Stuff That’s Changed (That I Didn’t Expect to Change) Since I Transitioned

Alexander (Sascz) Herrmann
Published in
4 min readMar 22, 2021
Picture of man with stickies about expectations and norms
Photo by Yasin Yusuf on Unsplash

When I began transitioning, and especially when I started taking testosterone, I expected some things to change. But there were some things that I thought I knew about myself that are no longer true, and that’s been the weirdest part of transitioning to male (or, rather, masc…I consider myself nonbinary but with mostly masculine tendencies).

One huge thing that has changed is my feelings towards women. When I was eight years old I developed a HUGE crush on a girl. When I tried to tell my mother, she told me it was just a phase, so I stopped talking about it. Given that most girls didn’t like me (something I didn’t understand until I realized I wasn’t one), I didn’t have many opportunities to explore my feelings about them anyway. After I’d married for the first time, I talked to my sister in law, who is a lesbian, about my feelings regarding other women, and she said I might be bi.

My husband was fine with that (we later agreed to be poly), so I started exploring dating women. Although I had some great experiences, I was never really successful in having a relationship with a woman, which upset me as I really felt that I was more attracted to women than to men, and that I really wanted a woman in my life. Once I transitioned, I realized that the reason I didn’t relate “correctly” to women was that I wasn’t one myself. But I also lost almost all of my need for and attraction to women.

In fact, even though taking T has increased my libido (i.e., I am more often and more easily sexually aroused), I lost interest in having any other relationship other than that with my (third) husband, which is currently mostly nonsexual. I can still look at other people and find them attractive, but I have no desire to have anything but friendly relationships with them. I still identify, for now, as pansexual and polyamorous (and in fact, I do have other partners, although the relationships aren’t sexual), but I’m not sure how accurate that self definition really is, and I’ve begun to think that I might have been asexual all along (although that’s a whole different, future article).

My (to me) sudden lack of attraction towards women, after having spent most of my life yearning to be with them, came as the biggest surprise. But it wasn’t the only one. I had always assumed that certain parts of “male culture” — basically, “stuff guys like” was due to nurture. Imagine my surprise when I began to get more and more into nonfiction books, action movies, and — the most surprising to me — horror. I’m still not a huge fan of horror, but I am much more willing to watch it than I used to be. I’m less into rom-coms than I used to be (although I’m still fond of some), and most “chick flicks” no longer interest me (although depending on the plot I can still get into some of them).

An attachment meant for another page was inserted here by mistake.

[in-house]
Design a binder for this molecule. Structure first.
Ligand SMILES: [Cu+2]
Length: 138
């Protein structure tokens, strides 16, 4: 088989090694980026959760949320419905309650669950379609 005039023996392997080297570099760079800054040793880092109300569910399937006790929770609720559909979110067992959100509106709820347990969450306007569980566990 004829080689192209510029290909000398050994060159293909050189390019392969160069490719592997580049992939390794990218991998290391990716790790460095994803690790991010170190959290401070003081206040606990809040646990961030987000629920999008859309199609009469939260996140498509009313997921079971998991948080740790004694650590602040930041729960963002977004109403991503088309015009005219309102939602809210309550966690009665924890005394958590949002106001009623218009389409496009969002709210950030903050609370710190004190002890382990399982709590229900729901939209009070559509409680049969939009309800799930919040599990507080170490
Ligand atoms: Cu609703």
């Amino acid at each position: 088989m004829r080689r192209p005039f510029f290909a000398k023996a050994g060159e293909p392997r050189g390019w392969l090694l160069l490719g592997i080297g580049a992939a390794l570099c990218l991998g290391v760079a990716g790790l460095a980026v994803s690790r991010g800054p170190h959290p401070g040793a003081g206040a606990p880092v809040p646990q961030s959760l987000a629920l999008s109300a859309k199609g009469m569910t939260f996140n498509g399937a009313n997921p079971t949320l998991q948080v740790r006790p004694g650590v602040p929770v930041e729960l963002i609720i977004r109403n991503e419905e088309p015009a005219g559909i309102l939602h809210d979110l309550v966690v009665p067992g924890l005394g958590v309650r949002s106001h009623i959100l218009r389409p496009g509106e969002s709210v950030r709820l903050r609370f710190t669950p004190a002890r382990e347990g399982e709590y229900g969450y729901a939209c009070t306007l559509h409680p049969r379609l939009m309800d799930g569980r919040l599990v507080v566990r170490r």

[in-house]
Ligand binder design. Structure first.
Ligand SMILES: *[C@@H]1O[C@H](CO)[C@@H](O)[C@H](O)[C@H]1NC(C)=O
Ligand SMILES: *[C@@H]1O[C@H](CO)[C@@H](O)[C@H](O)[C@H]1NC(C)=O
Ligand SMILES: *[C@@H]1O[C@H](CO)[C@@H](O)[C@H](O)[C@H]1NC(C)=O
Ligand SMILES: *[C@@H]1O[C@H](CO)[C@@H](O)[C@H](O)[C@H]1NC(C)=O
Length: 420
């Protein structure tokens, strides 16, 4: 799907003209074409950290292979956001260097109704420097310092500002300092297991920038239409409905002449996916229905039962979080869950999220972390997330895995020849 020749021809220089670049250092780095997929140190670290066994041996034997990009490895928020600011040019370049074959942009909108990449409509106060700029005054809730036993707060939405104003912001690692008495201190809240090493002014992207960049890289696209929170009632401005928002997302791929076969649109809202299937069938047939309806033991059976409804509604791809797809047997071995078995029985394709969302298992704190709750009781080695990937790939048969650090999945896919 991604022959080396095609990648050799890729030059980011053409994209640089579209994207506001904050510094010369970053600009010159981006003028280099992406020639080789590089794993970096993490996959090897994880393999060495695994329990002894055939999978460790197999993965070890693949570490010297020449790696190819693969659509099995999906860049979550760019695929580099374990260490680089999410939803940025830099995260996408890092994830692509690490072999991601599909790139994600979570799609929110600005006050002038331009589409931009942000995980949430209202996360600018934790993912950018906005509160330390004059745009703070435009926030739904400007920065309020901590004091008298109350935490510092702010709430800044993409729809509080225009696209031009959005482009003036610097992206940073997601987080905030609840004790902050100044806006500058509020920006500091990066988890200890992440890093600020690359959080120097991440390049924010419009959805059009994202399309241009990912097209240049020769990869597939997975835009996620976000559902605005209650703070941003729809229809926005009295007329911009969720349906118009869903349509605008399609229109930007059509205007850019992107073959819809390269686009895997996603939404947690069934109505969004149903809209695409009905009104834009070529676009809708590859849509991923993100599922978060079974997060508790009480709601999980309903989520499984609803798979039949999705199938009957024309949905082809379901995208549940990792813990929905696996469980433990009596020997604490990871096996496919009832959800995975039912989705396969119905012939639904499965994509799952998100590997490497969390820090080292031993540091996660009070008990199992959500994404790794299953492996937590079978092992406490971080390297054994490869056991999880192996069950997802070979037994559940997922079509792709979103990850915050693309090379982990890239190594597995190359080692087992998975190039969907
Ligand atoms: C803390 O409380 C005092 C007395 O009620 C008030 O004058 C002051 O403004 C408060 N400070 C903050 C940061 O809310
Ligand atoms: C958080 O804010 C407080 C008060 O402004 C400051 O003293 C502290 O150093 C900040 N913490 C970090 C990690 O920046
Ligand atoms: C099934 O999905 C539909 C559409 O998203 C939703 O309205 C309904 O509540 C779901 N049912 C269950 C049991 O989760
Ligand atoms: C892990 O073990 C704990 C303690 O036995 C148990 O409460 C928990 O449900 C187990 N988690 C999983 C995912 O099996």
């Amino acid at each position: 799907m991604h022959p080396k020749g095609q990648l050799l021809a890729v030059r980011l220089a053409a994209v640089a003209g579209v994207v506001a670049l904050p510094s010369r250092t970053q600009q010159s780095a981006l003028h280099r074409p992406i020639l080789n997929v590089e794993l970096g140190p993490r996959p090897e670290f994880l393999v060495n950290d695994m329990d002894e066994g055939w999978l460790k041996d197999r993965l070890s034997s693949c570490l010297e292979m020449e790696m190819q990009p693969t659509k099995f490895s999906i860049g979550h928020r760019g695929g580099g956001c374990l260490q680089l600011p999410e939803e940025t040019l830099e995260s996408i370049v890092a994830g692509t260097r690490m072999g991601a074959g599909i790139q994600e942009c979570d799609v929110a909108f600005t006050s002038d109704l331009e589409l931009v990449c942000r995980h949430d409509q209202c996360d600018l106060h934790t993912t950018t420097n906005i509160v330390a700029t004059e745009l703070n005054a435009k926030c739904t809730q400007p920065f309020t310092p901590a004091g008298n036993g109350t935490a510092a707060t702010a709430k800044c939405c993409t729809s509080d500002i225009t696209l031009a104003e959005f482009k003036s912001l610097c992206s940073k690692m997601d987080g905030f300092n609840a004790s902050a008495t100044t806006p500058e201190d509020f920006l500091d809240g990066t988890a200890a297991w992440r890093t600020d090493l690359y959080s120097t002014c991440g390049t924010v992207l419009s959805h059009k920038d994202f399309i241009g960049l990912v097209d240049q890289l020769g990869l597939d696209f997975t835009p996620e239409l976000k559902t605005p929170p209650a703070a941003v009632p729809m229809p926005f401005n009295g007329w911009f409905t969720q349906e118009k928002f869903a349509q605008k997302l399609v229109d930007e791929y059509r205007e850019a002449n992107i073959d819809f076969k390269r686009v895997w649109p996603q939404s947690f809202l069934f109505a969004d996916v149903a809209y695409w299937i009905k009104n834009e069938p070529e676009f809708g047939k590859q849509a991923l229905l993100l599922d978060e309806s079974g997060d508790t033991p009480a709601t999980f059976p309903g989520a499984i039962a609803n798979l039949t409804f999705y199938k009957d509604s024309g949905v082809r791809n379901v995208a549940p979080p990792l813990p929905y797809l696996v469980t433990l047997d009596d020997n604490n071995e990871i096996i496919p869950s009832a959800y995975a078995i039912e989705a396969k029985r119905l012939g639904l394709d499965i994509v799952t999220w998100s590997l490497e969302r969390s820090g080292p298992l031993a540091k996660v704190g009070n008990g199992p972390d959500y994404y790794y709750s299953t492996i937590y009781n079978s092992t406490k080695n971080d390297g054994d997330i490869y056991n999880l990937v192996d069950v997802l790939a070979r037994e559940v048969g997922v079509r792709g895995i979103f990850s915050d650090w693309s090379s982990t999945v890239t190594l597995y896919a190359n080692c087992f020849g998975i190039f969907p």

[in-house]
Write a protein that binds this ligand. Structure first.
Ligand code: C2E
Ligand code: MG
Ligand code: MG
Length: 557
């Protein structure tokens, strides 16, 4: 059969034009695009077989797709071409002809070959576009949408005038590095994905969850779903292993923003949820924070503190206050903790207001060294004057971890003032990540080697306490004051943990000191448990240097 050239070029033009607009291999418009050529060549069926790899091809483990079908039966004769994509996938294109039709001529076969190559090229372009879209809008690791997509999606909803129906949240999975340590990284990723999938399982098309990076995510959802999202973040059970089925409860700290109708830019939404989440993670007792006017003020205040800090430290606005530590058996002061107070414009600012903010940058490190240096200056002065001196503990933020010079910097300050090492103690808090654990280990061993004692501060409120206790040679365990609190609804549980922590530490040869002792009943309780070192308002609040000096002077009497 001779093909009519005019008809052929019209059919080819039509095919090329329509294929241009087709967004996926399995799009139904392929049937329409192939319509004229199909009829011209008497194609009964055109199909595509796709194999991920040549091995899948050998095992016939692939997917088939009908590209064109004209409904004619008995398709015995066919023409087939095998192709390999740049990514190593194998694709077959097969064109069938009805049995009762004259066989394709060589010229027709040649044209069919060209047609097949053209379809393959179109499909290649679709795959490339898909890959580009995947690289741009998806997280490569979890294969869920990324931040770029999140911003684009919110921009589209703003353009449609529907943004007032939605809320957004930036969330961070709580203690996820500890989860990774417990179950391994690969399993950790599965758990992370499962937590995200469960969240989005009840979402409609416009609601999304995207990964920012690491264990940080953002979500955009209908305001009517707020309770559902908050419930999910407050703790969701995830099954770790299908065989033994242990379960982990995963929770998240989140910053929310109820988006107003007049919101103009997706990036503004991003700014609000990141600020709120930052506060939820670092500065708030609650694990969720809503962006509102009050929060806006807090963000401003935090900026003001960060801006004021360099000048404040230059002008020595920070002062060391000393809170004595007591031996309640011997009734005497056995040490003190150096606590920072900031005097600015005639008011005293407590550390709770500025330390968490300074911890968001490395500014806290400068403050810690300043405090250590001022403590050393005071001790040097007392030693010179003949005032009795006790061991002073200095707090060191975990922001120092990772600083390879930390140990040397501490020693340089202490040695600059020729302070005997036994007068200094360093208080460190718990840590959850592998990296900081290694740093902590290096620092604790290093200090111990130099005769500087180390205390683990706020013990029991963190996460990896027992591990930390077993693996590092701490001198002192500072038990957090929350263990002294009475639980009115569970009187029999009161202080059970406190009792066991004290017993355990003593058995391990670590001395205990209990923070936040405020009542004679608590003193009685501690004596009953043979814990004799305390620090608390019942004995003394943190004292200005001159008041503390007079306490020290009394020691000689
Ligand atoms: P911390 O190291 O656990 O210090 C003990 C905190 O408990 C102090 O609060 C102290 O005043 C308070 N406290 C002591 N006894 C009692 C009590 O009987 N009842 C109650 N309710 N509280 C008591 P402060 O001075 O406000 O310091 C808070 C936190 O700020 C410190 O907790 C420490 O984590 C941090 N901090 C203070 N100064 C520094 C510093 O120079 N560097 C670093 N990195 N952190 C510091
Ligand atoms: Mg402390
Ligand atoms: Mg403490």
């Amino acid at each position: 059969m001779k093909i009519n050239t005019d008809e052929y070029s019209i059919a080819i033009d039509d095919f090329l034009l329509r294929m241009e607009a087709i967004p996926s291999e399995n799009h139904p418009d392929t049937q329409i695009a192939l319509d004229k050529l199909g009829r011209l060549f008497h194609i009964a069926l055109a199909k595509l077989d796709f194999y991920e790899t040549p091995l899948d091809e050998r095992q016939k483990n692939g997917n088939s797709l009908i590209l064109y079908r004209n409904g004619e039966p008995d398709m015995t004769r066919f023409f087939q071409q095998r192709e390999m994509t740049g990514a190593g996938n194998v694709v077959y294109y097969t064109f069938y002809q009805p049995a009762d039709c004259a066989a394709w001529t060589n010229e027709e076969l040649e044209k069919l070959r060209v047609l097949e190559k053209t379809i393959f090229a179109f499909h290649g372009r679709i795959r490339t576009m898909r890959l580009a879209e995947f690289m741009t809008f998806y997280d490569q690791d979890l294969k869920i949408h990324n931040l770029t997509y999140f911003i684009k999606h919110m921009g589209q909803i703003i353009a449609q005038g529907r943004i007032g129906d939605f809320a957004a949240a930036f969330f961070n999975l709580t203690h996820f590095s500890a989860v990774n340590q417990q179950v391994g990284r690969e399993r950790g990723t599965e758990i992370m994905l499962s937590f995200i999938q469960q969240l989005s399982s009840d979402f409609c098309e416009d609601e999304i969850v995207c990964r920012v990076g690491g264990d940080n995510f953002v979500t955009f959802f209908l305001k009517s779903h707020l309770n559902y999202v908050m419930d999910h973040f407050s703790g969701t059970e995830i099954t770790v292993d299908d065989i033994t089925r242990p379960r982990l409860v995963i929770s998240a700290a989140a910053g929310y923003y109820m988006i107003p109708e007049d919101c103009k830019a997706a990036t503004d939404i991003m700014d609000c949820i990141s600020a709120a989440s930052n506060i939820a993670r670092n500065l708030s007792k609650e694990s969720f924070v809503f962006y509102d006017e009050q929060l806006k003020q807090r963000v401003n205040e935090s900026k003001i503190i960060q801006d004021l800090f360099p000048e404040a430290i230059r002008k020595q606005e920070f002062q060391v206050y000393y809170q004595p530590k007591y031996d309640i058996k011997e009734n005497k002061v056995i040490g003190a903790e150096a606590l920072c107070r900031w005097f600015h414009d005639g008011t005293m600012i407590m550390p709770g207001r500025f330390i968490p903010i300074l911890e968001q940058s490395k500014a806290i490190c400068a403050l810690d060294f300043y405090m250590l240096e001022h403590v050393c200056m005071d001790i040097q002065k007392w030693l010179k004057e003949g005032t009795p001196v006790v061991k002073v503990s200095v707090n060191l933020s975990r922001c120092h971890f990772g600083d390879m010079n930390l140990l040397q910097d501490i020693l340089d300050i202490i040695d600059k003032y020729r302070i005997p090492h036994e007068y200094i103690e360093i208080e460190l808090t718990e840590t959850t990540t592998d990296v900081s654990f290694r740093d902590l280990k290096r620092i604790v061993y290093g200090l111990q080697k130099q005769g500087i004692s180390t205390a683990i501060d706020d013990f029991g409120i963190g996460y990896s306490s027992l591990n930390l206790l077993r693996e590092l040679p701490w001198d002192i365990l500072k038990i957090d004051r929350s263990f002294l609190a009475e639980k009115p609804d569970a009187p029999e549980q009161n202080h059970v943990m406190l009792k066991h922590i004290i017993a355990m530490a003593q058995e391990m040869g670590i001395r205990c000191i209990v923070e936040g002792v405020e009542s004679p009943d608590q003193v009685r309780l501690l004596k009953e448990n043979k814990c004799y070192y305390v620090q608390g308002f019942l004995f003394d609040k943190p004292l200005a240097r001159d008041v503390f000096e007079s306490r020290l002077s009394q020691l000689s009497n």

I had worried that my temper might change (for the worse), but actually the reverse happened. I don’t think I had realized the extent to which I was always angry, before I came out, until it stopped. I absolutely hated being a woman, and to have that necessity relieved also relieved the constant anger I felt at being treated like one (in both “good” — i.e. non-misogynistic — and bad ways). It’s not just that I’m less angry; I’m less negatively emotional altogether. I stay calm through things that used to upset me. This doesn’t mean that I can’t or don’t get upset at all; I just don’t get upset as often or as easily, and I don’t cry anywhere near as much. I used to cry pretty much every day of my life; since coming out as transmasculine/nonbinary, I just don’t cry anymore. Again, it’s not that I can’t cry; I just don’t do it anywhere near as much.

I will say that when I do lose my temper — which I don’t do as often — it’s probably more explosive. And I still do get annoyed easily. But watching myself blow up a couple of times has allowed me to analyze the situation and take steps so that I don’t do it again, as opposed to the past where I felt helpless to deal with my temper. I feel less helpless, and more confident, in general, even given how often I’m misgendered.

Since I didn’t expect most of these things to change, I’m pretty sure that I didn’t just “decide” to change my likes or dislikes, much less my temper; I have to assume that it’s a combination of the hormones I’m taking and the fact that I’m more comfortable just BEING. I think it’s possible that in some cases, I liked some of the things I liked in the past because I thought that’s what girls were supposed to like, and I was determined to be good at being a girl. In other cases, I think having more testosterone in my system makes me more interested in the things higher testosterone people typically like. But obviously, all my evidence is anecdotal…and I don’t think that any of the changes are so remarkable that anyone but I myself would have noticed them, except for my drawing attention to them.

One thing hasn’t changed: I still have zero interest in American football.



Alexander (Sascz) Herrmann

I’m a disabled transmasculine cybersecurity specialist living in Berkshire County, MA, USA. I like to write, sing, do fiber art, and play video games.